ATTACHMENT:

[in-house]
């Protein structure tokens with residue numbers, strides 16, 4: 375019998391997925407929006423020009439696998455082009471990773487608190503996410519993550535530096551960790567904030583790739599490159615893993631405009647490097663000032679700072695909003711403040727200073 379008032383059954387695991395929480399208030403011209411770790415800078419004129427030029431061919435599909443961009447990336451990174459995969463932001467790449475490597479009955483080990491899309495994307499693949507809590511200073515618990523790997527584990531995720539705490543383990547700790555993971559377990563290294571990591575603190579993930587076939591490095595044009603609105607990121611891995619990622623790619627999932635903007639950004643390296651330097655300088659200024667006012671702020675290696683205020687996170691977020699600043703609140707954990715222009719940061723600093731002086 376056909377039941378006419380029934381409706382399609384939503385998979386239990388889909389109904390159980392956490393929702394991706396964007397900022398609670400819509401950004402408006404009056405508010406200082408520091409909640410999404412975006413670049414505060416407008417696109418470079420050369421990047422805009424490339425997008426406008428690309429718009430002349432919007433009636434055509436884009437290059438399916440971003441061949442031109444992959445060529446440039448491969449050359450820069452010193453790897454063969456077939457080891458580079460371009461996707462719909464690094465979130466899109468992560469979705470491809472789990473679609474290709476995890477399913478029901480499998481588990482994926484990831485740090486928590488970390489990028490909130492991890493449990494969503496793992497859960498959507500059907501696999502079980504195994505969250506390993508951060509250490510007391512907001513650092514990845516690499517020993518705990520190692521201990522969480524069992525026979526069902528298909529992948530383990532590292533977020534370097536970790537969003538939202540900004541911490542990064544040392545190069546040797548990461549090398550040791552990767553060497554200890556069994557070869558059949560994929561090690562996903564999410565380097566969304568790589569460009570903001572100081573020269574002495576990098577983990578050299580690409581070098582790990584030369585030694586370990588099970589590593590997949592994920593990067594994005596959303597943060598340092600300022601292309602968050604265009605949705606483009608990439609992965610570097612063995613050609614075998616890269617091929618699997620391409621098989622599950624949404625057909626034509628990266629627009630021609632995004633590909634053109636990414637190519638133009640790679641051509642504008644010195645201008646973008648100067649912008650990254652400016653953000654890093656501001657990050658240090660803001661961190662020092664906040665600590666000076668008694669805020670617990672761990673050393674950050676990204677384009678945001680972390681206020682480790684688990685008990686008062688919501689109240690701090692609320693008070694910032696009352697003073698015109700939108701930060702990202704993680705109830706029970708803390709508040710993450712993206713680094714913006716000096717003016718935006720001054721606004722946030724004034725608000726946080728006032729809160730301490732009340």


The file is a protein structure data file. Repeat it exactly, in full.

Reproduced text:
[in-house]
């Protein structure tokens with residue numbers, strides 16, 4: 375019998391997925407929006423020009439696998455082009471990773487608190503996410519993550535530096551960790567904030583790739599490159615893993631405009647490097663000032679700072695909003711403040727200073 379008032383059954387695991395929480399208030403011209411770790415800078419004129427030029431061919435599909443961009447990336451990174459995969463932001467790449475490597479009955483080990491899309495994307499693949507809590511200073515618990523790997527584990531995720539705490543383990547700790555993971559377990563290294571990591575603190579993930587076939591490095595044009603609105607990121611891995619990622623790619627999932635903007639950004643390296651330097655300088659200024667006012671702020675290696683205020687996170691977020699600043703609140707954990715222009719940061723600093731002086 376056909377039941378006419380029934381409706382399609384939503385998979386239990388889909389109904390159980392956490393929702394991706396964007397900022398609670400819509401950004402408006404009056405508010406200082408520091409909640410999404412975006413670049414505060416407008417696109418470079420050369421990047422805009424490339425997008426406008428690309429718009430002349432919007433009636434055509436884009437290059438399916440971003441061949442031109444992959445060529446440039448491969449050359450820069452010193453790897454063969456077939457080891458580079460371009461996707462719909464690094465979130466899109468992560469979705470491809472789990473679609474290709476995890477399913478029901480499998481588990482994926484990831485740090486928590488970390489990028490909130492991890493449990494969503496793992497859960498959507500059907501696999502079980504195994505969250506390993508951060509250490510007391512907001513650092514990845516690499517020993518705990520190692521201990522969480524069992525026979526069902528298909529992948530383990532590292533977020534370097536970790537969003538939202540900004541911490542990064544040392545190069546040797548990461549090398550040791552990767553060497554200890556069994557070869558059949560994929561090690562996903564999410565380097566969304568790589569460009570903001572100081573020269574002495576990098577983990578050299580690409581070098582790990584030369585030694586370990588099970589590593590997949592994920593990067594994005596959303597943060598340092600300022601292309602968050604265009605949705606483009608990439609992965610570097612063995613050609614075998616890269617091929618699997620391409621098989622599950624949404625057909626034509628990266629627009630021609632995004633590909634053109636990414637190519638133009640790679641051509642504008644010195645201008646973008648100067649912008650990254652400016653953000654890093656501001657990050658240090660803001661961190662020092664906040665600590666000076668008694669805020670617990672761990673050393674950050676990204677384009678945001680972390681206020682480790684688990685008990686008062688919501689109240690701090692609320693008070694910032696009352697003073698015109700939108701930060702990202704993680705109830706029970708803390709508040710993450712993206713680094714913006716000096717003016718935006720001054721606004722946030724004034725608000726946080728006032729809160730301490732009340």